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A bright future for Brodick Castle
We were sorry to read of Michael Smith’s disappointment following his last visit to Brodick Castle (Castle woes, Arran Banner, November 3).
Even a jewel in the crown needs a polish now and then and we can assure Mr Smith that if he returns to Arran next year the situation will be very different. As is often said, the night is darkest before the dawn and because the castle has been shut the impression of inactivity may have been given. However, this is far from the truth.
Readers will be well aware that the castle has been closed for over £1.5 million of vital fire suppression work (the importance of which has been underlined by the tragic events at Glasgow School of Art). The closure has also given us time to re-think how the castle and its collections will be presented in future. More will be revealed by the time the castle re-opens in the springtime – a new approach to experiencing its history and stories. With investment totalling £3 million over the next five years, we aim to bring out the human stories behind the castle and the community, as well as revealing hidden dimensions to the various objects on display.
We are also making significant investment in the castle gardens and grounds, quite apart from the fabulous Isle be Wild play area that Mr Smith mentions. We have created the new Silver Garden which is thematically linked to the castle’s Beckford Collection of silver objects. It also includes sculptures specially created by Sally Matthews and based on Arran’s legendary White Stag. This will be followed by new signage and wayfinding.
Our café and retail areas are in a temporary arrangement at present and they too are about to benefit from a makeover. A new experience is being designed for both, which will play a role in the overall improved visitor experience we will be offering.
Far from being neglected, Brodick Castle is a proving ground for new ideas and visitor experiences. We hope that the people of Arran will join us in 2019 and come to see for themselves what has been achieved.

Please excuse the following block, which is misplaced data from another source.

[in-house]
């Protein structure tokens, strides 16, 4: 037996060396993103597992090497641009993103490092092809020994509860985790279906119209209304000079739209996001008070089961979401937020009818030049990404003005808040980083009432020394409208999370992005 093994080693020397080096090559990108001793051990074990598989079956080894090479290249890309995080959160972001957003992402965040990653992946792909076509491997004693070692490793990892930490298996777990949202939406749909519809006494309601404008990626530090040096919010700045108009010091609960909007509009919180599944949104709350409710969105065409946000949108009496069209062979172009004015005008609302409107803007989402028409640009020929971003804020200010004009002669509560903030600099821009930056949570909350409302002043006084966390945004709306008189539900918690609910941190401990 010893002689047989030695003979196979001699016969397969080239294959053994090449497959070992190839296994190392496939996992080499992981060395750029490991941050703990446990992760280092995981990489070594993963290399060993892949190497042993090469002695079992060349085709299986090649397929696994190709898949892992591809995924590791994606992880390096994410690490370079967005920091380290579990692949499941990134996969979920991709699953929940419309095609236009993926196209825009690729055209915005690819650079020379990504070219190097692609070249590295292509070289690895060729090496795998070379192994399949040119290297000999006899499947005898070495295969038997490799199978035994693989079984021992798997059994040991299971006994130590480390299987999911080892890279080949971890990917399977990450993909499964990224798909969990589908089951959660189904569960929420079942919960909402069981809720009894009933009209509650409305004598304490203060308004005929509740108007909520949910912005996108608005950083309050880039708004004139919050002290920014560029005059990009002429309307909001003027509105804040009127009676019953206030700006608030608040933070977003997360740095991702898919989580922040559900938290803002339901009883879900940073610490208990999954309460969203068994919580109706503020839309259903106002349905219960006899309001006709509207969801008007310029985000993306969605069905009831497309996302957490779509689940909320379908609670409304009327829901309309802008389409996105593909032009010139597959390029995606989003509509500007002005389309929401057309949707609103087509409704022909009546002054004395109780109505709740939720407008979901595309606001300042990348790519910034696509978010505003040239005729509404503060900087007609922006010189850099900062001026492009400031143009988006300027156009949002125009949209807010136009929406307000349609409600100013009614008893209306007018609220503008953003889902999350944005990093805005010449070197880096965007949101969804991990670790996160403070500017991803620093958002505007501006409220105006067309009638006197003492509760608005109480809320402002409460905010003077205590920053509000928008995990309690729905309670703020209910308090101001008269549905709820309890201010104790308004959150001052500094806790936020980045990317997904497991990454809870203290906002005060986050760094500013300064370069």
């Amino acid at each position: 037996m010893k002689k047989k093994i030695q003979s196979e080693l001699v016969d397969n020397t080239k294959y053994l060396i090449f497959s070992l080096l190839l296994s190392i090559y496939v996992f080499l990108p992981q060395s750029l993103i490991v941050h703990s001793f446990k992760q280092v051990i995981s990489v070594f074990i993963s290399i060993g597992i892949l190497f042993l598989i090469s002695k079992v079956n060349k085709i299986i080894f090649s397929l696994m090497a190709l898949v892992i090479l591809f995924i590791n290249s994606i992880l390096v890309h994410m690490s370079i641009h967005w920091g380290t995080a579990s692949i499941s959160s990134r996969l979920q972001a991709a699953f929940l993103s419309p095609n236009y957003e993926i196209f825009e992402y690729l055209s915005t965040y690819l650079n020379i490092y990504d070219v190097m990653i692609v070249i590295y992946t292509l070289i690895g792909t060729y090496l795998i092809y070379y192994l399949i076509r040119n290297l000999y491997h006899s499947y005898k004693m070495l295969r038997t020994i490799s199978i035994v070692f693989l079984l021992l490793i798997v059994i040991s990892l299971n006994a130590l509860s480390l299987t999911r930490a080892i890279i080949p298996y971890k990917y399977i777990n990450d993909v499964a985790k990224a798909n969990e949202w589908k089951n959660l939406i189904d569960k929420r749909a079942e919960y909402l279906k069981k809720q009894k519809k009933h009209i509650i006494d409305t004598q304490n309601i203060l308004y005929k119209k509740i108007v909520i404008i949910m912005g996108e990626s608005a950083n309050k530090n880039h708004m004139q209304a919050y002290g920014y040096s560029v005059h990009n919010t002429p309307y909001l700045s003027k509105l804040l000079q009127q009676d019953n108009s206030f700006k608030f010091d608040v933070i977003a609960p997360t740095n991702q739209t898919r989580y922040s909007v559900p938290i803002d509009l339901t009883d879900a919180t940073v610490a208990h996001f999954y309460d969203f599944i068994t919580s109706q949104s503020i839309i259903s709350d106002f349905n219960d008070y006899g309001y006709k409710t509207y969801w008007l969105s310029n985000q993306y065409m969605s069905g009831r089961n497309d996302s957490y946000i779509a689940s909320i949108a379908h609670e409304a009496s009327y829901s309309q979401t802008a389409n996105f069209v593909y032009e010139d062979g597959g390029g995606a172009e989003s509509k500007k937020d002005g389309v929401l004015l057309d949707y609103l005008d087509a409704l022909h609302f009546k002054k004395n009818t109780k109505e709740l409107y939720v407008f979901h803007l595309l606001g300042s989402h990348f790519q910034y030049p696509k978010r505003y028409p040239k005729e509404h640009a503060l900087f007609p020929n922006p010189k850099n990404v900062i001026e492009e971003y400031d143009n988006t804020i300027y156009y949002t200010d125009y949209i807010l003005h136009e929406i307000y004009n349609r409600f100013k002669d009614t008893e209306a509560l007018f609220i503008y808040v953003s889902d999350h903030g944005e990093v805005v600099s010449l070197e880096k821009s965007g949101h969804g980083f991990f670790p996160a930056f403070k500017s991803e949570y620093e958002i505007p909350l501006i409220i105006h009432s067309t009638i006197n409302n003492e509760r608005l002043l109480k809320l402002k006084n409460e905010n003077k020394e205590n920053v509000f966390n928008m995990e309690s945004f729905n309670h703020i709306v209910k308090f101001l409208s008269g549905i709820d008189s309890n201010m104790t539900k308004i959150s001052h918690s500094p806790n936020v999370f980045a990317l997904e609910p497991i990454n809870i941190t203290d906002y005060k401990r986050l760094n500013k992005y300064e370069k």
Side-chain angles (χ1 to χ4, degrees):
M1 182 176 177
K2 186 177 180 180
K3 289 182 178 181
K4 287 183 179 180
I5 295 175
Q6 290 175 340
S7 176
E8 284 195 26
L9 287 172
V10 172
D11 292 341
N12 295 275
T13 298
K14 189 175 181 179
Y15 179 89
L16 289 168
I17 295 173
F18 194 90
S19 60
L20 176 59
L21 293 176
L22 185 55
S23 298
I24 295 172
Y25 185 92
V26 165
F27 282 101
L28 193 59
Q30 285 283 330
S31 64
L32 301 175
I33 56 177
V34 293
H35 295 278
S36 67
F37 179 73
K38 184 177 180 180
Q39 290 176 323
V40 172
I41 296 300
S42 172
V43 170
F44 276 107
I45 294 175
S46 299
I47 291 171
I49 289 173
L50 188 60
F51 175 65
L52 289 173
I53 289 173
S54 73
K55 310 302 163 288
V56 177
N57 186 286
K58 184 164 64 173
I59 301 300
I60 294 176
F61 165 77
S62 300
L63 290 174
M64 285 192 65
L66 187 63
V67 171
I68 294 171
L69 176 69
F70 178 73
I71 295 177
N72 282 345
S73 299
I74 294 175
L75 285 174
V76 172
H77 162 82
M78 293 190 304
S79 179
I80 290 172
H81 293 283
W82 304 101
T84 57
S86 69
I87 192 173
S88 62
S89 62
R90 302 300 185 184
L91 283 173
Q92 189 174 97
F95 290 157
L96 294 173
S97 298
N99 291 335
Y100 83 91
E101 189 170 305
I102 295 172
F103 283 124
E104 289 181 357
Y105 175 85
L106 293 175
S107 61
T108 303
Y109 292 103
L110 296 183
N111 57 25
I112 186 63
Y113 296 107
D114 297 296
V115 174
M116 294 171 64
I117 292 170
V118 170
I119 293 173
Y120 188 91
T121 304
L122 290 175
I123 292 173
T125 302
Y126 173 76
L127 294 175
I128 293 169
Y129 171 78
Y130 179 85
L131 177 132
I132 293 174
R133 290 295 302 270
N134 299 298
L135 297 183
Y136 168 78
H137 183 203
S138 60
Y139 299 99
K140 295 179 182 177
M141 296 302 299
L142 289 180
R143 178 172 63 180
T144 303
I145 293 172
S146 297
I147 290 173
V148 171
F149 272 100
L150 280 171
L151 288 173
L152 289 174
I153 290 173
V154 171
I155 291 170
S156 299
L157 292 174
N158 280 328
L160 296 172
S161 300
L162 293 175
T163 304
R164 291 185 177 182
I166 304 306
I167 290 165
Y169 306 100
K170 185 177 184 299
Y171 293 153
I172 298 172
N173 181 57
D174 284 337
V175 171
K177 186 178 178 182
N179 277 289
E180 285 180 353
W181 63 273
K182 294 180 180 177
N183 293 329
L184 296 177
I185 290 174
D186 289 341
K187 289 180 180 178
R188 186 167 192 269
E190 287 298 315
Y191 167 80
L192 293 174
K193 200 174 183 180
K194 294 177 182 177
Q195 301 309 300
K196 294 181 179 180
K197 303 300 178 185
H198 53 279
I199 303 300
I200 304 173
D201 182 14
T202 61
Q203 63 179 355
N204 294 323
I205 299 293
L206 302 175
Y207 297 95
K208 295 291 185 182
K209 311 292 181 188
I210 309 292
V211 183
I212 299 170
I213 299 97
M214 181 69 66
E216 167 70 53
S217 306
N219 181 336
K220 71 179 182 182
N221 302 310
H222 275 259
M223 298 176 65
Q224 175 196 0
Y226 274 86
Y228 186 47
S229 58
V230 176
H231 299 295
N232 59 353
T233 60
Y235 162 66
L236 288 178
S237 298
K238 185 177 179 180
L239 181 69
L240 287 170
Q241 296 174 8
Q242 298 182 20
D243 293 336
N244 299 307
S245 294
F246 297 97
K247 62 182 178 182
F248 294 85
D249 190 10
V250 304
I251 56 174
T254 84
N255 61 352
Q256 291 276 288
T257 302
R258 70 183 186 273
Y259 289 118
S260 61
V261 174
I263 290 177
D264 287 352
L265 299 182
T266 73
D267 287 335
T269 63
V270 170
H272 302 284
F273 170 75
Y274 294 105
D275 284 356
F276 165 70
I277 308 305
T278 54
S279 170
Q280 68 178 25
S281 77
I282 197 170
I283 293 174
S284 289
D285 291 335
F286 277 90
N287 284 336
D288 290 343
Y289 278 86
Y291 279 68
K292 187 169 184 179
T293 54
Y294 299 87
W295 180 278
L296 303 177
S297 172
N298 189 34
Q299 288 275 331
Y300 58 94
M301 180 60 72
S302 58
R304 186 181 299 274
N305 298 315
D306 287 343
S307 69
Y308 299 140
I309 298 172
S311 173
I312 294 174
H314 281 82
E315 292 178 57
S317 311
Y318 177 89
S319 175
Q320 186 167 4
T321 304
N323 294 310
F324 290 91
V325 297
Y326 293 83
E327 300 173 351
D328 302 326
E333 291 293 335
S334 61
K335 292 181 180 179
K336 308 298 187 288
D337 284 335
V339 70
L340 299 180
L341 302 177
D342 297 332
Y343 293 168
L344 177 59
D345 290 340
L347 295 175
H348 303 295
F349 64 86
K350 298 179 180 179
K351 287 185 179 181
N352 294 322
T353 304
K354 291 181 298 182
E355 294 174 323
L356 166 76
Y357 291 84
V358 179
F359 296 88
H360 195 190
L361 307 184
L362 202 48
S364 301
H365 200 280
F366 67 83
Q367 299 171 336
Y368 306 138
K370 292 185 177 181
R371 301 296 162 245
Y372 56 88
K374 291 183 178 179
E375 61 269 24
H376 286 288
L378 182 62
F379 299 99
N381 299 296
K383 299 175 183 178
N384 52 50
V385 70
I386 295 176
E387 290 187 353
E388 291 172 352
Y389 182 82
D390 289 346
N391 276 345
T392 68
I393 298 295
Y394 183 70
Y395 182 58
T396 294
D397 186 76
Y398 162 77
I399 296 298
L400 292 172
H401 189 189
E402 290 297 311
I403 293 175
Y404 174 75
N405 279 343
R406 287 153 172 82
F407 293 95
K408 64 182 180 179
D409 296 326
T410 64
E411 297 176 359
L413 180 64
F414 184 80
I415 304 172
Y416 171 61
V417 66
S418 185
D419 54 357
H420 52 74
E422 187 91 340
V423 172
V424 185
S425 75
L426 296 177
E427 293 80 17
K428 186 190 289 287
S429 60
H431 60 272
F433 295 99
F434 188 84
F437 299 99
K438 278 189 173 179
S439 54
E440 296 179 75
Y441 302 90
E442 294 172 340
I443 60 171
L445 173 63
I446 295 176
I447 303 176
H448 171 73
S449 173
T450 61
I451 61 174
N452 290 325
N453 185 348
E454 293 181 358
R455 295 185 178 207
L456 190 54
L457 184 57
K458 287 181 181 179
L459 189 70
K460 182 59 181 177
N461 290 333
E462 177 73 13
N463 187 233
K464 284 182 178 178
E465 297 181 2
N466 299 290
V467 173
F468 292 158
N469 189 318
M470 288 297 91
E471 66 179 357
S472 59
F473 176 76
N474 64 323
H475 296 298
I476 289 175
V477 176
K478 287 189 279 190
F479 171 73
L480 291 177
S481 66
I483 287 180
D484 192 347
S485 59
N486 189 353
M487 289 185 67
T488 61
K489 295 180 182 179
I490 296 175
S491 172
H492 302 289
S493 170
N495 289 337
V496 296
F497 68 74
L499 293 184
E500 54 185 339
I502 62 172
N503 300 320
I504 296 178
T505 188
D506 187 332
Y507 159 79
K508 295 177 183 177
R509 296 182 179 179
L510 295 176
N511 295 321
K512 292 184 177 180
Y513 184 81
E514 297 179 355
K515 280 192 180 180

Brodick Castle, Garden and Country Park,
National Trust for Scotland.
On Christmas Day 1914, my mother, who was 16, received a gift from her father – an autograph album, covered in dark green, soft leather with gilt-edged pages. As she gazed at the bare pages thinking of all the friends who would cover them with poems jokes and signatures, she never dreamt that her family would look at her album 100 years later.
Her father was a captain in the merchant navy-a dangerous occupation in that terrible war, and her mother, my granny, kept an open house for soldiers of the Northumberland Fusiliers stationed in nearby barracks. There they could relax with a cup of tea and a chat by the cosy fire-and, if I am not wrong, a bible reading and a prayer before going back to their bare quarters – I knew my granny!
Many of these young men, boys really, left entries in mum’s album – verses and paintings (not just drawings) showing such great skill and talent, I still marvel at their pictures.
And, here’s the really sad thought, – none of those fine young men returned home from the war. What a waste of lives and talents – but they left a little part of themselves in this album. Is it any wonder we treasure it still, 100 years later.
c/o Ruth Thompson